Berkeley to Offer Free Medical Marijuana for the Poor
In August 2015, the city of Berkeley will launch a program in which medical marijuana dispensaries will be required to donate at least two percent of their cannabis to low income residents, reports The New York Times.
The move was reportedly unanimously approved by the City Council, and though the move has unsurprisingly sparked backlash, Berkeley’s mayor, Tom Bates, is not concerned.
“There are some truly compassionate cases that need to have medical marijuana,” Mr. Bates said. “But it’s expensive. You hear stories about people dying from cancer who don’t have the money.”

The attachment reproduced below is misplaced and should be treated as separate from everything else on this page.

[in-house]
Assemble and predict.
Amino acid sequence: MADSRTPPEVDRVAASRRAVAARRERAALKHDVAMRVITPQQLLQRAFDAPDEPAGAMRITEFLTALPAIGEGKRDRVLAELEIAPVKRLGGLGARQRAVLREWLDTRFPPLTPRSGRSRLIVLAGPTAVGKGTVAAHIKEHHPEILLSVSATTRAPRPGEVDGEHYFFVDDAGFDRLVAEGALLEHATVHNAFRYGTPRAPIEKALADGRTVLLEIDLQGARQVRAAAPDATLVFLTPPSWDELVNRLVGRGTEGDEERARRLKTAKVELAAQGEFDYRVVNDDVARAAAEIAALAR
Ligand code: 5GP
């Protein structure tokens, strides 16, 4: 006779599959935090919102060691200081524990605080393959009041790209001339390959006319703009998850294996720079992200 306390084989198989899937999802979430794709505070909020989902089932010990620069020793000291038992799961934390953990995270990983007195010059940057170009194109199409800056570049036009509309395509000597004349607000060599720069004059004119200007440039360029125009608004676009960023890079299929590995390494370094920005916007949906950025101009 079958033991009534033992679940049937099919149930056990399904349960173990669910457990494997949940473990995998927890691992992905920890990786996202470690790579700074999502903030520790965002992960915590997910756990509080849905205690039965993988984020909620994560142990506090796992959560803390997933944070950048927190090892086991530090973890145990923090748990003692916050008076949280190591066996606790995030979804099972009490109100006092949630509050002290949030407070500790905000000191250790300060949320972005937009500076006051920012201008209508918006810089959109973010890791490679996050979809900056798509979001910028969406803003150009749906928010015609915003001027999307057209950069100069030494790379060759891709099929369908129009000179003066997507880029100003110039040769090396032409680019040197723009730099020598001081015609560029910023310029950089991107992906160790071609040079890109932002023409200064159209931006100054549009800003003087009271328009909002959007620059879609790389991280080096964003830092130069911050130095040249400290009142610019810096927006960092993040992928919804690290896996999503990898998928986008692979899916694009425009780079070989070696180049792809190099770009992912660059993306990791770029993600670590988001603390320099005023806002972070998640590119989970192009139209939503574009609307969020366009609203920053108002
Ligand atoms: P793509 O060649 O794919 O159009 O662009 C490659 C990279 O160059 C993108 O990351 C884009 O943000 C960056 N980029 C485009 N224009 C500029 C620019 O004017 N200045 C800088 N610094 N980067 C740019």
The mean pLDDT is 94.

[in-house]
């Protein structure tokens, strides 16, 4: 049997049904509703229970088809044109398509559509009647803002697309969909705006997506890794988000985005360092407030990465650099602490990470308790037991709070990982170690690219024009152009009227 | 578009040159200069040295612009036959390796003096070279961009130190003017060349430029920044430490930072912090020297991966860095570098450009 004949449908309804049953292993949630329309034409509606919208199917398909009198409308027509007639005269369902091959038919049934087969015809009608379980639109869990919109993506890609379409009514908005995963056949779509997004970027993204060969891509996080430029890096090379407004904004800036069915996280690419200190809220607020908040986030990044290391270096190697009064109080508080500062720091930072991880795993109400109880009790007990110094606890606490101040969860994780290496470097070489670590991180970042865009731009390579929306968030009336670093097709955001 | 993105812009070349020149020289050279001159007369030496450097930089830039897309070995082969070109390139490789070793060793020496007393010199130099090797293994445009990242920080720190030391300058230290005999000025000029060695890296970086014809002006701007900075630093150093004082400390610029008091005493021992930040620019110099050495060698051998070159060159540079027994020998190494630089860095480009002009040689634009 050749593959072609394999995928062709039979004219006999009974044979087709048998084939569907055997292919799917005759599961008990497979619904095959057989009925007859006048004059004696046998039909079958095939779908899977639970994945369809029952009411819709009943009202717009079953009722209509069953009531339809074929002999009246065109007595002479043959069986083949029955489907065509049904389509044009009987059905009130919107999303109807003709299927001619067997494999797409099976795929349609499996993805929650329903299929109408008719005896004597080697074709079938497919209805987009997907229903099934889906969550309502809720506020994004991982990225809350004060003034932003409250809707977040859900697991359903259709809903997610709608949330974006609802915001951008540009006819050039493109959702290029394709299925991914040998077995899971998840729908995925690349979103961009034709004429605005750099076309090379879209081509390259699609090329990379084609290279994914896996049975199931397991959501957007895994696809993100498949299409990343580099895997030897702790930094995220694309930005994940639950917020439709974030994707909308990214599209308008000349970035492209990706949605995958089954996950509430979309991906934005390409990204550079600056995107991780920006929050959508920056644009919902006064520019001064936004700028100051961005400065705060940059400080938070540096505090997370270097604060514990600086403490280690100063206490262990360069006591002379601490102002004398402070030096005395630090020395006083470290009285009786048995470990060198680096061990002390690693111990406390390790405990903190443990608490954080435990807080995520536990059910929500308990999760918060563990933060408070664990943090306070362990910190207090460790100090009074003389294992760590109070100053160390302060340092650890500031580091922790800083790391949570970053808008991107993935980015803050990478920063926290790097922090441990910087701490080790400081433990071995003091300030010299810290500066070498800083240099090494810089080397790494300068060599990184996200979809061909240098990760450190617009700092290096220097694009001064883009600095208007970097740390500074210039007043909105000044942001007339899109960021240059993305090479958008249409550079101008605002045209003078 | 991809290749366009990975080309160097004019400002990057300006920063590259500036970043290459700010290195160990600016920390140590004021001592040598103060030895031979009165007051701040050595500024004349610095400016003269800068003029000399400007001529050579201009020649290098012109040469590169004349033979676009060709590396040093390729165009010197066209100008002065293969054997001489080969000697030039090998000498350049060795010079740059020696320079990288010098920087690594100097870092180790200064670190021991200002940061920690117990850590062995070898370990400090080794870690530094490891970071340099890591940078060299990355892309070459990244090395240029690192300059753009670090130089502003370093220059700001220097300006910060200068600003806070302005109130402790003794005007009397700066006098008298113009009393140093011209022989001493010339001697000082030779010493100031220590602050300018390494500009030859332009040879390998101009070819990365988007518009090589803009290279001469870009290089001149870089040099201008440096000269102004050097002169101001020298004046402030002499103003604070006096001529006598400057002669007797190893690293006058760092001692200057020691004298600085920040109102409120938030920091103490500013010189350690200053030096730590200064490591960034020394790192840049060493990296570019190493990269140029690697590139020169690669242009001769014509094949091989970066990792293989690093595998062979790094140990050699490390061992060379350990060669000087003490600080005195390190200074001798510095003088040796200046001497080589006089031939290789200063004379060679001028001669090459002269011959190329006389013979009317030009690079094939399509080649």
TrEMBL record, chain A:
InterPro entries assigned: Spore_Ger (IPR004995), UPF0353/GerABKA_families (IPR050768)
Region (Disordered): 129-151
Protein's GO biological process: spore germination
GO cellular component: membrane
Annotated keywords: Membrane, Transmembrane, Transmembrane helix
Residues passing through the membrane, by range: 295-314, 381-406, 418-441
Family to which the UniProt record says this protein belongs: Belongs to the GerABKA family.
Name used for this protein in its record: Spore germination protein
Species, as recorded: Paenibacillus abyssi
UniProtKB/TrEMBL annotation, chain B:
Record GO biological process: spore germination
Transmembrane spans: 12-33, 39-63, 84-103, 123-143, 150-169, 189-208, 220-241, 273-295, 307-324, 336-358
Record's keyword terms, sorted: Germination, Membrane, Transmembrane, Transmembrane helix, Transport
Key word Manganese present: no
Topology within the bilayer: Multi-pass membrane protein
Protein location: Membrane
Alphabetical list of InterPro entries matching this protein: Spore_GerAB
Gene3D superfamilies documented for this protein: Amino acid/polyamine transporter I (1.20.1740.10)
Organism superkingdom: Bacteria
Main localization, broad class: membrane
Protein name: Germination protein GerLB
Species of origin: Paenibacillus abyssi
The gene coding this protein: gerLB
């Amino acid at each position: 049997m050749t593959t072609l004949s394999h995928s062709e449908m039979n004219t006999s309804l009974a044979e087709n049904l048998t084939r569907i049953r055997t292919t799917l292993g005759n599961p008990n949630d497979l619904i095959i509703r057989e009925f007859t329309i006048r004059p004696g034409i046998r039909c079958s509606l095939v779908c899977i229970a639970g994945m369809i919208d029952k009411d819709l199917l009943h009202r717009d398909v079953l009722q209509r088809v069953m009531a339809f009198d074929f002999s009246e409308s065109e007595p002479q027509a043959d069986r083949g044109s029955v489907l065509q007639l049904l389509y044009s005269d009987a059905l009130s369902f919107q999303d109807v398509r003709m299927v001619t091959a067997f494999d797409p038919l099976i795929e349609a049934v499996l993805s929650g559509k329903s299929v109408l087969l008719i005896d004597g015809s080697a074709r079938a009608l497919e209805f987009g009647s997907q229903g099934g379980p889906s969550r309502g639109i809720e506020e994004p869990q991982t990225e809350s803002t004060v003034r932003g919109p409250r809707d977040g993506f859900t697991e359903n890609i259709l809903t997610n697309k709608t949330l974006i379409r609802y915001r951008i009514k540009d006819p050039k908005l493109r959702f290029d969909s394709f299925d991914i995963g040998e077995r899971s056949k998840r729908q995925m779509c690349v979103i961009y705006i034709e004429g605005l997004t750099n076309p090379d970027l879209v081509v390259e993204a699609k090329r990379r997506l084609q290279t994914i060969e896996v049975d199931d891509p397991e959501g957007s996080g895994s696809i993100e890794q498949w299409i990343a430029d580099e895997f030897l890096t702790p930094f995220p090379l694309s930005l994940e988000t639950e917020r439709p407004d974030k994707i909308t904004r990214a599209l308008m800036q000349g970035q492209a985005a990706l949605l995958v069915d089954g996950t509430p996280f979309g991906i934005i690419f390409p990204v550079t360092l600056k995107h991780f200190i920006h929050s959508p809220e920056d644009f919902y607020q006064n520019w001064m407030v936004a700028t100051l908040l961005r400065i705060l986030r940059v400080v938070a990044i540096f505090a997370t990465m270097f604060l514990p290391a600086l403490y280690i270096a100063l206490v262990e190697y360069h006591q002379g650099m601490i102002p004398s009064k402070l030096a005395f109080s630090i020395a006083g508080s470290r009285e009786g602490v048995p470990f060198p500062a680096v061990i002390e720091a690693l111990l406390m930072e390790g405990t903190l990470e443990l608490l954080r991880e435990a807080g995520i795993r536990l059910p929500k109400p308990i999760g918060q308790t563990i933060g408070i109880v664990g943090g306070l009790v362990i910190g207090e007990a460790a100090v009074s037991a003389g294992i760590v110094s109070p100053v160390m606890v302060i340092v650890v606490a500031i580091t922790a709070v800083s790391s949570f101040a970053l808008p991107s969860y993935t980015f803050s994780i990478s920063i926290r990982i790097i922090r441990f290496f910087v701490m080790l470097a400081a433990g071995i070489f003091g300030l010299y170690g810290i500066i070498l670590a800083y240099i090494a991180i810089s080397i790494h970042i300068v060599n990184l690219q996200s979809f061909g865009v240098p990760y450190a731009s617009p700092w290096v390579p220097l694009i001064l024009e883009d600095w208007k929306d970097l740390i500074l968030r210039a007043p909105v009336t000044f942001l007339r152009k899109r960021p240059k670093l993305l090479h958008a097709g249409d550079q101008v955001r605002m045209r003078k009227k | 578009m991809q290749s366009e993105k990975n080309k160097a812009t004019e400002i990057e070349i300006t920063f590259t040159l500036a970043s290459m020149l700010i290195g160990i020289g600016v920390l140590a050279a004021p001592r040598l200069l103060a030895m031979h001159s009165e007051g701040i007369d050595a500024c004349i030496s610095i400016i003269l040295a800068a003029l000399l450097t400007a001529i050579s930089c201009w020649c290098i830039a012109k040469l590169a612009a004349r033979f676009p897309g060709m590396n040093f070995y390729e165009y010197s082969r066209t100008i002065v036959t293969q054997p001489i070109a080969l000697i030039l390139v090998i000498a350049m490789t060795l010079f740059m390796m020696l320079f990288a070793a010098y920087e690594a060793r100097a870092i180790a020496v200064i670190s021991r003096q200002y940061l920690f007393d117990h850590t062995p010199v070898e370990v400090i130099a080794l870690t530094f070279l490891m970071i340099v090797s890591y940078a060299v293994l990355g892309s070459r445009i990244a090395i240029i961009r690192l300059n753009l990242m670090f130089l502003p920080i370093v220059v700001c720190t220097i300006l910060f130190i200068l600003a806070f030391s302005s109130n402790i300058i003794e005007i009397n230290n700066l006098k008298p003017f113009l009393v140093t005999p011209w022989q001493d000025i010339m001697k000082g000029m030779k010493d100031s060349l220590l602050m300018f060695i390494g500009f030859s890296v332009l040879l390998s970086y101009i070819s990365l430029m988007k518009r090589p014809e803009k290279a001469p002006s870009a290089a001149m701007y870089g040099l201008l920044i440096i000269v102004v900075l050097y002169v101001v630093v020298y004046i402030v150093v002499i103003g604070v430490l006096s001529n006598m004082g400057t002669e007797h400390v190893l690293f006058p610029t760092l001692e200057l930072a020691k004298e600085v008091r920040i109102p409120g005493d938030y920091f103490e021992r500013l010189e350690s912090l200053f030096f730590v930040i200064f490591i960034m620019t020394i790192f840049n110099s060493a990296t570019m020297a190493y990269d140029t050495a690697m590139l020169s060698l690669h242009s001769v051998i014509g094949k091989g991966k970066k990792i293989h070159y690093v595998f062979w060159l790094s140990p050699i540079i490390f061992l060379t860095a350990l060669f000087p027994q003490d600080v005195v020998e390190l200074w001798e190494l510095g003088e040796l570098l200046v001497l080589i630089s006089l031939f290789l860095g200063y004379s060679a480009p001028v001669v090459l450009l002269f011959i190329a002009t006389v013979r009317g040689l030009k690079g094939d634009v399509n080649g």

The city’s new “compassion system” allows city officials to provide low-income residents (less than $32,000 a year) with a supply of medical marijuana. The quality of the cannabis must also be of the same quality that customers pay for.
“I think what we’re seeing now is an evolution towards full legalization,” said Bates. “It’s coming. It may not be in the next few years, but it’s coming.”
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Karen Lo is an associate editor at The Daily Meal. Follow her on Twitter @appleplexy.